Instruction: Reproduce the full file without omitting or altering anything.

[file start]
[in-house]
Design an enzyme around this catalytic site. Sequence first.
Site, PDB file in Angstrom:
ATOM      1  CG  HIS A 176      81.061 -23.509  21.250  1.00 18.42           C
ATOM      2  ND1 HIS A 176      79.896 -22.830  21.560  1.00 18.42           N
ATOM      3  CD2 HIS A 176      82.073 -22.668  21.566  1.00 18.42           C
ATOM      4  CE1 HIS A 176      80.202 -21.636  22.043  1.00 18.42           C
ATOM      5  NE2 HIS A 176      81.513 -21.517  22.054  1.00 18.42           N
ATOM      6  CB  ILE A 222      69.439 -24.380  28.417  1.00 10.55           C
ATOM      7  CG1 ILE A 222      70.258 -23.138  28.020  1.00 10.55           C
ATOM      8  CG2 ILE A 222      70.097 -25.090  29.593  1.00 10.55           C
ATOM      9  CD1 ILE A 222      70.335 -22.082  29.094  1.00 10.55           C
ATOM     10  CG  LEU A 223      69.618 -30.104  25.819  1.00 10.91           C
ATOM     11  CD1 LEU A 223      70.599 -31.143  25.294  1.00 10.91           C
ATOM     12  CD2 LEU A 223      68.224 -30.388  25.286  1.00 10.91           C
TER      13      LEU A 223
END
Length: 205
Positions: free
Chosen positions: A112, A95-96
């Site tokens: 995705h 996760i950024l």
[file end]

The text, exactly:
[in-house]
Design an enzyme around this catalytic site. Sequence first.
Site, PDB file in Angstrom:
ATOM      1  CG  HIS A 176      81.061 -23.509  21.250  1.00 18.42           C
ATOM      2  ND1 HIS A 176      79.896 -22.830  21.560  1.00 18.42           N
ATOM      3  CD2 HIS A 176      82.073 -22.668  21.566  1.00 18.42           C
ATOM      4  CE1 HIS A 176      80.202 -21.636  22.043  1.00 18.42           C
ATOM      5  NE2 HIS A 176      81.513 -21.517  22.054  1.00 18.42           N
ATOM      6  CB  ILE A 222      69.439 -24.380  28.417  1.00 10.55           C
ATOM      7  CG1 ILE A 222      70.258 -23.138  28.020  1.00 10.55           C
ATOM      8  CG2 ILE A 222      70.097 -25.090  29.593  1.00 10.55           C
ATOM      9  CD1 ILE A 222      70.335 -22.082  29.094  1.00 10.55           C
ATOM     10  CG  LEU A 223      69.618 -30.104  25.819  1.00 10.91           C
ATOM     11  CD1 LEU A 223      70.599 -31.143  25.294  1.00 10.91           C
ATOM     12  CD2 LEU A 223      68.224 -30.388  25.286  1.00 10.91           C
TER      13      LEU A 223
END
Length: 205
Positions: free
Chosen positions: A112, A95-96
């Site tokens: 995705h 996760i950024l």